Shari Duncan

Tag: Nutrition Label

See Less, Eat Less. Portion Distortion
Shari

by on Mar.27, 2011, under General HEALTH, General Nutrition, Motivation, Weight Loss

One of the most important pieces of information in a nutrition label is the serving size.

There is a difference between “a portion” and “a serving”. A serving is a standard or measure on how much food to eat and has been chosen by the manufacturer to describe the nutritional value of that food. For example 1 cup of milk, or a half a cup of oats. A portion is the amount of food someone CHOOSES to put on their plate and eat. Be mindful of portion sizes, for example 1 cup of oatmeal is actually considered 2 servings.

Buyers beware! Packaging can be misleading.  Many foods that come as a single portion actually contain  multiple servings. The Nutrition fact label on packaged foods—on the backs of cans, sides of boxes, etc. — also informs you of the number of servings in the container.  We may look at the calories but don’t notice the stated serving size. This means we may be consuming more calories, fat, sugar, sodium, etc.

For example, look at the label of a 20-ounce soda (typically consumed as one portion), and you’ll see that it has 2.5 servings in it.  So if you choose to drink the whole bottle of Pepsi, you are consuming 250 calories and a whopping 69 grams of sugar!  A 3-ounce bag of chips—which some would consider a single portion—is actually 3 servings.

Buyer Beware: This is 2 1/2 servings & contains 69gms of sugar!

Another example of portion distortion is the bagel.   A typical bagel used to be 2 to 3 ounces, or about 200 calories. Today one bagel is 5 to 6 ounces, which can be well over 400 calories, depending on the type. (This is without any “schmear” on top!)   That same 5- ounce bagel that you might enjoy for breakfast is the equivalent of 5 pieces of bread and comprises the five servings of breads/grains that someone should eat for the entire day.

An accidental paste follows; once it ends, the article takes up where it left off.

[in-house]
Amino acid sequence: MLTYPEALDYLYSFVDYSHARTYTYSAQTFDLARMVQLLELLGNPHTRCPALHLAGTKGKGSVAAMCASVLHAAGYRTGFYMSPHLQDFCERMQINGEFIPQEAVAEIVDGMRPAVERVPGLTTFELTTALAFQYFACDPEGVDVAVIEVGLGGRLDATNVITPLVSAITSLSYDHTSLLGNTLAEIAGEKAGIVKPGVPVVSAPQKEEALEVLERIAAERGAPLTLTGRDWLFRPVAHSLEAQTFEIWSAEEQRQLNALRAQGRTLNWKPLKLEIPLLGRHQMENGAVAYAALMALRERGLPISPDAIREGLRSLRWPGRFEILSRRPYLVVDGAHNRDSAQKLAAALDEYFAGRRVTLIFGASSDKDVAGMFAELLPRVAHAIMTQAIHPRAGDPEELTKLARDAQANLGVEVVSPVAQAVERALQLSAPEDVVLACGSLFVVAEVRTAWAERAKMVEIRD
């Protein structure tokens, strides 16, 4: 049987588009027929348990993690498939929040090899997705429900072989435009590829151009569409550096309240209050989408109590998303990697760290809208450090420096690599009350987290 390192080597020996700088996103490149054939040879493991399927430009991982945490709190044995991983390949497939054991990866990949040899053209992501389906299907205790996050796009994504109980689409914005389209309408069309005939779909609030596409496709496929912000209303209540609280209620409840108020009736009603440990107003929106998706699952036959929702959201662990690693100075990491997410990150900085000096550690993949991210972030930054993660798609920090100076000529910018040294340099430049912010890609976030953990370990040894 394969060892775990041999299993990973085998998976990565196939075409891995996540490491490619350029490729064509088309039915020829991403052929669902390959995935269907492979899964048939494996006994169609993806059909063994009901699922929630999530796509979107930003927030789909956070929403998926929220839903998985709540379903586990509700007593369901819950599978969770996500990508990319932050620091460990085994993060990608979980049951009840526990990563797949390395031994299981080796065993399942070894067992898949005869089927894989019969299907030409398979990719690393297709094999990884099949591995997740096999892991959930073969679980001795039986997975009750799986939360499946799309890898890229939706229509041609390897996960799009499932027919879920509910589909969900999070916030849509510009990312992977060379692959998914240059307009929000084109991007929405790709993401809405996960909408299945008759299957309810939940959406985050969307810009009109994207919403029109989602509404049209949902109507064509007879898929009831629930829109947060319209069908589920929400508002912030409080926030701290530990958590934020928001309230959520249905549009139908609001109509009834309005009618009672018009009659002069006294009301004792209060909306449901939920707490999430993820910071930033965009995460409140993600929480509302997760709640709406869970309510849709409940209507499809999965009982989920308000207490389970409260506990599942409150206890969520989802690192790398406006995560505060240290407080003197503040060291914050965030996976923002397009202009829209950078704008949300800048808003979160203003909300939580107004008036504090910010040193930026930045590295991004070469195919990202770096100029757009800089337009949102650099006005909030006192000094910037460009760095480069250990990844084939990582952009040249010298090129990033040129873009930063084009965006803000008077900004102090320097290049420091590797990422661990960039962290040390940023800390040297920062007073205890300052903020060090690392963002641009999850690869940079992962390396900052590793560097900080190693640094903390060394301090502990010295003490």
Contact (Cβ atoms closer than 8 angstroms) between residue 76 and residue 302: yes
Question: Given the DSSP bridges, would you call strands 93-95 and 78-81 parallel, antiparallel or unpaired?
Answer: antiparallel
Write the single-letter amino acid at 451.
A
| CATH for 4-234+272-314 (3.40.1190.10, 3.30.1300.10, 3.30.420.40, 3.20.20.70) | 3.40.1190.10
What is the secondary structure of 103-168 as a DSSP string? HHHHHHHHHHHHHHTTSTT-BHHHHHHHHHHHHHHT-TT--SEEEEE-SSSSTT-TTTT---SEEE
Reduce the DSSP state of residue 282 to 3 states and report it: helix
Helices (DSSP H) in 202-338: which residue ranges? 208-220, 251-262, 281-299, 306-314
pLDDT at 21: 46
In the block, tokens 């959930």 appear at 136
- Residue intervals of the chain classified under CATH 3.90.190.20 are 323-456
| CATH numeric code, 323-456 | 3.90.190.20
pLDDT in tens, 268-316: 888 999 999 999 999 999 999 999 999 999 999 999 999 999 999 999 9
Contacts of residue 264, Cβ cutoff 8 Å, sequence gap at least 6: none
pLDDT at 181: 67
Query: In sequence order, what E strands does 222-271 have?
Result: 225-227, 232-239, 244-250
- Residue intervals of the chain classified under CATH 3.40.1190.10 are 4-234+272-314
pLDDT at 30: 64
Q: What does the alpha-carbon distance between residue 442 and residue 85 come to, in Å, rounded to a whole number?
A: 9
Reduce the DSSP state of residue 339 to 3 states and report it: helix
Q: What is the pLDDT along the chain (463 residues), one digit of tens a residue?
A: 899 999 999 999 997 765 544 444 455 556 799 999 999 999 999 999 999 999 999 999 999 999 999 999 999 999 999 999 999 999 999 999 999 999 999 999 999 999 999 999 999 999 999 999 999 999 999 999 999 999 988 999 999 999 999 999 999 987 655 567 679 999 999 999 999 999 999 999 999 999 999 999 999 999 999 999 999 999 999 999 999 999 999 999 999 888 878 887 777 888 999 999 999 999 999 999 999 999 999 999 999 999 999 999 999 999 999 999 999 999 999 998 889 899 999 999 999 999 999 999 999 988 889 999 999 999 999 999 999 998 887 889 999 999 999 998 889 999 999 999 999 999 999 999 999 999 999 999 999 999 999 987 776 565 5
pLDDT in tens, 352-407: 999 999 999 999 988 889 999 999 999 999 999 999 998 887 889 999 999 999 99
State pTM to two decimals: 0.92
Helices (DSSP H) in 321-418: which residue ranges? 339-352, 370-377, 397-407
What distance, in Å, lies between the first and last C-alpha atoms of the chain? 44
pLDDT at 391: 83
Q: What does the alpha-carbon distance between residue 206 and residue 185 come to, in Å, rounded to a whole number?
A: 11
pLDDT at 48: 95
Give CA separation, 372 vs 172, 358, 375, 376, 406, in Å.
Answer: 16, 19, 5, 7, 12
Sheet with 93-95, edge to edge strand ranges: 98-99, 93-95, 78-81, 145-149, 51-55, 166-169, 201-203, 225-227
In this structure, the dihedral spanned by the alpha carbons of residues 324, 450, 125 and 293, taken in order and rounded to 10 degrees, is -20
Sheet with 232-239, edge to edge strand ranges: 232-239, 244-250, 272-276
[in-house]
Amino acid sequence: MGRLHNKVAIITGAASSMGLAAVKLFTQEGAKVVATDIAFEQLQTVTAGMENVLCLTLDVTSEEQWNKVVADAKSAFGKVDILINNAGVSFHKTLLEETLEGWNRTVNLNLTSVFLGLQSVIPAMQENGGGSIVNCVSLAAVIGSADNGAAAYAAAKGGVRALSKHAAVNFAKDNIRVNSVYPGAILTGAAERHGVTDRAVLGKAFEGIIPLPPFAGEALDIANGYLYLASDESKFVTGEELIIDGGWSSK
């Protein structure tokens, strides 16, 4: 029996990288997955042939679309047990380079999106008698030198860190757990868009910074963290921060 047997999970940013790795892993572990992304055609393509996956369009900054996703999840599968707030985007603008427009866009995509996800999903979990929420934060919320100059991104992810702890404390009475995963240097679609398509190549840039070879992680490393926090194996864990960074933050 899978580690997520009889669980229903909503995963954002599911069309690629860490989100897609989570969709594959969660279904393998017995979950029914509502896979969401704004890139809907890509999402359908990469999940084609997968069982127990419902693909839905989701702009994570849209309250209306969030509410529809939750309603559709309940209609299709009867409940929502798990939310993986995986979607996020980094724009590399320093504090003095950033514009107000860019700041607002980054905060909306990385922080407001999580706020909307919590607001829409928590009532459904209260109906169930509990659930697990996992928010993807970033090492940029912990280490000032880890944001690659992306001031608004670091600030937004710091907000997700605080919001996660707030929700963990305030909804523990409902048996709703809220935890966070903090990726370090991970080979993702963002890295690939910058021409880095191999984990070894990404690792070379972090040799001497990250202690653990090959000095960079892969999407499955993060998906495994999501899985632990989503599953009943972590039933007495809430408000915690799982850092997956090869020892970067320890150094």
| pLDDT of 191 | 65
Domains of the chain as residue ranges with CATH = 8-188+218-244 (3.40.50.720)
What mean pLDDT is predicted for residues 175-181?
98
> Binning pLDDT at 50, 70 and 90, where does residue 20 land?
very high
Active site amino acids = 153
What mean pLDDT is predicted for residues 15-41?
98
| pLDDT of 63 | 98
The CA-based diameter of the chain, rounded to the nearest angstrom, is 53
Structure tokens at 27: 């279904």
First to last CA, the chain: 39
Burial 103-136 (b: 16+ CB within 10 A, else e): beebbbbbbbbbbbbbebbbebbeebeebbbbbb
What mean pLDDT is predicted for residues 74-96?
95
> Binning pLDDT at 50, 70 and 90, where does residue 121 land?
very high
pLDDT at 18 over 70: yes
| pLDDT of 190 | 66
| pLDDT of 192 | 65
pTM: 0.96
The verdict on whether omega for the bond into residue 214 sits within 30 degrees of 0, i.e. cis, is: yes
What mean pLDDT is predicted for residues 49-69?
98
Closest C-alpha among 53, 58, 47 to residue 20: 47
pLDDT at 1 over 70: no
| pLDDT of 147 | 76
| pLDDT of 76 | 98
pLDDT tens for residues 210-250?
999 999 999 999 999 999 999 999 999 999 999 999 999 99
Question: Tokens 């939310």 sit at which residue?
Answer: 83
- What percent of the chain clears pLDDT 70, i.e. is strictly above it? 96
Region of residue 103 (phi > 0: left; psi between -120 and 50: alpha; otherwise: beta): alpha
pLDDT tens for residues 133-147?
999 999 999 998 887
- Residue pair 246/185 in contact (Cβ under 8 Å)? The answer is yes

We live in a world of all you can eat buffets and “supersized” convenience foods. And when food is put in front of us, we will eat.  Restaurant portions tend to be two times or more than is recommended at one sitting, which leads to way too many calories. We can retrain ourselves to eat more slowly and stop eating when we are satisfied…not full. Also, it is healthier to eat several smaller meals, rather than a few large meals a day. This is because it keeps your body in the digesting-food mode, which means it keeps your metabolism up.

One of the easiest ways to cut back on calories and lose weight is by monitoring portion sizes.

A couple of “visual” tips to help with portion control and avoid consuming too many extra calories: In general terms, one hand, cupped = 1/2cup, two hands, cupped = 1 cup. An open palm, or the size of a deck of cards = 3-4 oz, the

Portion Distortion

standard serving size for a piece of chicken or fish,  and a serving of potatoes about the size of a computer mouse, for example.  Get to know the recommended portion sizes for your favorite foods and strive to stick to that as closely as

you can.   Another way to prevent over indulgence is to serve meals on smaller side plates, instead of dinner plates.  Think of meat and pasta as the side dishes and vegetables as the main course.  Fill half your plate with veggies, one quarter with lean protein (meat) and on quarter with starch/carbs (pasta, rice, potato).  Once you get into the habit of monitoring portions, it will become second nature and easier to monitor.

A study in the American Journal of Clinical Nutrition found that women who shrank their portions by 25% slashed 250 calories a day—enough to help them lose a half-pound a week—and still felt full.

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